Sidewalks of Peril….No More!

According to this tidbit of news from DDOT, new work zone standards are being put into place that disallow construction sites to close off sidewalks from pedestrian access.

It’s about time.

When I worked in Penn Quarter, many lunch hours were spent training for some perverted form of “American Gladiators” as I (and other wage slaves) would weave our way down E Street, crossing back and forth due to various sides of the street being closed off for multiple building renovations. By far the worst was the new building going up at the corner of 9th and E, which – depending on the time of day and the weather – you could either use the concrete barrier-formed pathway to navigate down 9th, or use the leaky wood-covered walkway that stank to high heaven, especially during our wonderful heat-soaked summers. Or be forced to cross halfway (yeah, like we use crosswalks around here….those are for the tourists, remember?) when the ‘pathway’ would become closed. Which was often. For no discernible reason.

And then, of course, cross back again, because the sidewalk on the other side was closed a block away. It was like playing Frogger, DC-style.

The new rules basically “force” developers to maintain either a covered walkway or a protected open walkway for pedestrians – making the ‘zigzag walk’ of many during lunchtime (and the morning / evening obstacle courses to various Metros) a thing of the past. Sidewalks can only be closed now for full-building demolitions or situations where public safety would be compromised.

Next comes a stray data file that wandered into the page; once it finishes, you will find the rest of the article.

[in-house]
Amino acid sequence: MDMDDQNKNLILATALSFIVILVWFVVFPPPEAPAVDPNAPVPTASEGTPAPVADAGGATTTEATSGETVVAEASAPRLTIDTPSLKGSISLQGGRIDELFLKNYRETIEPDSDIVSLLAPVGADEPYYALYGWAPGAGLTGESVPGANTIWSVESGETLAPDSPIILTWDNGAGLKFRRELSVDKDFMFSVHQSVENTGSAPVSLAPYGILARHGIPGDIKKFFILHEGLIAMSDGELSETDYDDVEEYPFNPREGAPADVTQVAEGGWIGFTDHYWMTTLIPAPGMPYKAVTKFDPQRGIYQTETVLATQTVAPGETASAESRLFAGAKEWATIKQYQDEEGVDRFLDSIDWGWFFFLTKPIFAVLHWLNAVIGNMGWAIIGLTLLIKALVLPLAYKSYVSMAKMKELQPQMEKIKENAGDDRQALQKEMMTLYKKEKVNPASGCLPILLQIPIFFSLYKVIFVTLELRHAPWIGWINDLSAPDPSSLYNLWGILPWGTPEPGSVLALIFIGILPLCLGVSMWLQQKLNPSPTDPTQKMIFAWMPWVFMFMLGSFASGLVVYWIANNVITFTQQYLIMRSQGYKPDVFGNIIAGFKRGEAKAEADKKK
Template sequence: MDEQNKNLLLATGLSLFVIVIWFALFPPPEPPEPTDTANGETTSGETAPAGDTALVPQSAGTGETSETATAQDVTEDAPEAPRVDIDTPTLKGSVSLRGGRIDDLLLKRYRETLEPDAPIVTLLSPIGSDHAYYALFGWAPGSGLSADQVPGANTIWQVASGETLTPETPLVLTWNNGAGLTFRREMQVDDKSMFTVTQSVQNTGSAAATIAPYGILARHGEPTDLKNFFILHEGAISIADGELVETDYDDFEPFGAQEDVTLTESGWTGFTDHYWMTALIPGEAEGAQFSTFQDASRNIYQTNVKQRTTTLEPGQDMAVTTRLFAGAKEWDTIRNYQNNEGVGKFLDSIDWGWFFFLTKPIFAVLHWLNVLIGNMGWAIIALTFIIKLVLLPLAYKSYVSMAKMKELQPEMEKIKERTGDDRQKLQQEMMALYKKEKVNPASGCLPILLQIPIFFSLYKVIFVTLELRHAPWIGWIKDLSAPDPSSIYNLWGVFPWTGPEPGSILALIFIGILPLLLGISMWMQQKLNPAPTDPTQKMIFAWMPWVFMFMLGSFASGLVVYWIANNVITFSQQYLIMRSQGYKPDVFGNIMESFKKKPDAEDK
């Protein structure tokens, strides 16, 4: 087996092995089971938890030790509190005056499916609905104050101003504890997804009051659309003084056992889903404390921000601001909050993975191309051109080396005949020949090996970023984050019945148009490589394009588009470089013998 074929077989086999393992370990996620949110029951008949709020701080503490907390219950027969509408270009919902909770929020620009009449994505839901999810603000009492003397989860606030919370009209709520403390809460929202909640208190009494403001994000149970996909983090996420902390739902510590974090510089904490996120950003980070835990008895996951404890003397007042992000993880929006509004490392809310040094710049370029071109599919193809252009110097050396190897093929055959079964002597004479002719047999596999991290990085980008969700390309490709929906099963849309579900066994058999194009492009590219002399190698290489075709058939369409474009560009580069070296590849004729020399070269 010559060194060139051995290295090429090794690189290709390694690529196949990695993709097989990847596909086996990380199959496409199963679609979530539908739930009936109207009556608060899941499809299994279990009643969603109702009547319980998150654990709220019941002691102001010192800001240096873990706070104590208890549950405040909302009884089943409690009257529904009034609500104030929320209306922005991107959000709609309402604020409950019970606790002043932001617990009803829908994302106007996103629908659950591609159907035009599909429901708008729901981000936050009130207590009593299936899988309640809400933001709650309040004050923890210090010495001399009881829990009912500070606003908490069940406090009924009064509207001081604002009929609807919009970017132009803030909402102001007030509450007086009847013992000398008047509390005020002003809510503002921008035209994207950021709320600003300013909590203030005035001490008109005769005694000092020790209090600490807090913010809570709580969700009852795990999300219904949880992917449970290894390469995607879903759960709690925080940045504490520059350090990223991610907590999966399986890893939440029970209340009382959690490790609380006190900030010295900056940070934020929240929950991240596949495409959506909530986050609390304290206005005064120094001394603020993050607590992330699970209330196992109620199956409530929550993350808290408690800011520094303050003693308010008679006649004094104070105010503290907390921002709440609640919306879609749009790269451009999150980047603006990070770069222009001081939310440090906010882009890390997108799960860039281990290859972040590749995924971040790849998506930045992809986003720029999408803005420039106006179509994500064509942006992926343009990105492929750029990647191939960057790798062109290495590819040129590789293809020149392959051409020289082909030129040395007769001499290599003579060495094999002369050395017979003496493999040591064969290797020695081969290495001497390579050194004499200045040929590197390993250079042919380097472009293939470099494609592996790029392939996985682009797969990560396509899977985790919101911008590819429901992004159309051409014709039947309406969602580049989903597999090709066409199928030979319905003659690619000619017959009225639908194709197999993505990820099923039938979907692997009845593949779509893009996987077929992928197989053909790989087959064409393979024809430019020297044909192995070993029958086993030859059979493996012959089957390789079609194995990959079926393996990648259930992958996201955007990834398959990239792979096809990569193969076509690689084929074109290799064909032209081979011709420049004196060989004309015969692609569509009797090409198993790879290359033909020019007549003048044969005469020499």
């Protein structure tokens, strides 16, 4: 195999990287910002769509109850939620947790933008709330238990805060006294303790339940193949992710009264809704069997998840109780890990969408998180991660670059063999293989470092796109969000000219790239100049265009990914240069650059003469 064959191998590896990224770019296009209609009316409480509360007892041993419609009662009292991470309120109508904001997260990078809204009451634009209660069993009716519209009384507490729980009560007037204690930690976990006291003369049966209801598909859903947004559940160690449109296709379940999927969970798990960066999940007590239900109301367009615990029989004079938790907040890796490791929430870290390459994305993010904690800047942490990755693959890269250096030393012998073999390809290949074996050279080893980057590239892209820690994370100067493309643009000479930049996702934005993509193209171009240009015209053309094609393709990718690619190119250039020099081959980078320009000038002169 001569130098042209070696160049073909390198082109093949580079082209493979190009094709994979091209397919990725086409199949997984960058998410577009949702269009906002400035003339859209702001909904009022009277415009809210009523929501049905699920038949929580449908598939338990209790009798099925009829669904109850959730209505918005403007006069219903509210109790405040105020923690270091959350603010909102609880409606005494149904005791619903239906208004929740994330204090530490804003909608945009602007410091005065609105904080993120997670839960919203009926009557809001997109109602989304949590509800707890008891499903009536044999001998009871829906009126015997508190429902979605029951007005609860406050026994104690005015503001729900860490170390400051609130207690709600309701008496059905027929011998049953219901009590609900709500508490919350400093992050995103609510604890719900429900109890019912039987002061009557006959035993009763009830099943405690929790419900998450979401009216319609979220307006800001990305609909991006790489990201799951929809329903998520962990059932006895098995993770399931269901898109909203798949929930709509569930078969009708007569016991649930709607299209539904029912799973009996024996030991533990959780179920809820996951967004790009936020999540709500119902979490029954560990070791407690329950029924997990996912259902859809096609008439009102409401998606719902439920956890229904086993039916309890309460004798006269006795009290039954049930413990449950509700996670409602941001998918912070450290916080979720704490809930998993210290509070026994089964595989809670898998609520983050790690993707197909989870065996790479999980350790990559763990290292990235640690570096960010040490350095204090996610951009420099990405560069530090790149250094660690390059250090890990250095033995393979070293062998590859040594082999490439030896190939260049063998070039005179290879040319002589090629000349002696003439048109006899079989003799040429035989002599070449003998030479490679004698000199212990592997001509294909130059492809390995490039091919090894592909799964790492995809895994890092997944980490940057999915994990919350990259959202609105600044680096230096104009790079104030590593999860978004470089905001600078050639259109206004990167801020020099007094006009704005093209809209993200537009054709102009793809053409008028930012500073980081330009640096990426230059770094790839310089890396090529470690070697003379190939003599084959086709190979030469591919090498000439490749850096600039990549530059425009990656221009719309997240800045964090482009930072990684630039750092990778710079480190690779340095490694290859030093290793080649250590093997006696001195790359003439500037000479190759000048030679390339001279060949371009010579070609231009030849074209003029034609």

Of course, if the developer is Douglas Development…. I’ll probably still cross to the other side of the street.

Just to be safe.

2 Comments so far

  1. KCinDC (unregistered) on February 5th, 2008 @ 1:06 pm

    Does that mean an end to the months-long, usually pointless closing of the sidewalk on the east side of the Klingle Bridge?


  2. KCinDC (unregistered) on February 5th, 2008 @ 1:15 pm

    It’s hard to tell for sure, but it looks like the new rules have plenty of loopholes, so I’m not expecting any dramatic changes. For example:

    Special Approval:

    When closing a sidewalk adjacent to a roadway with more than two travel lanes and where at least one end of the sidewalk closure is more than 150 feet from the nearest signalized crosswalk, the Traffic Control Plan showing the closure of the sidewalk requires the written approval of the District Department of Transportation Pedestrian Program Coordinator or work zone technician assigned to review the traffic control plan.

    So no special approval is required as long as there’s a crosswalk near both ends, which could actually encourage closing off a whole block rather than part of one. And depending on how the "public safety" provision is interpreted, that could be an all-purpose loophole.



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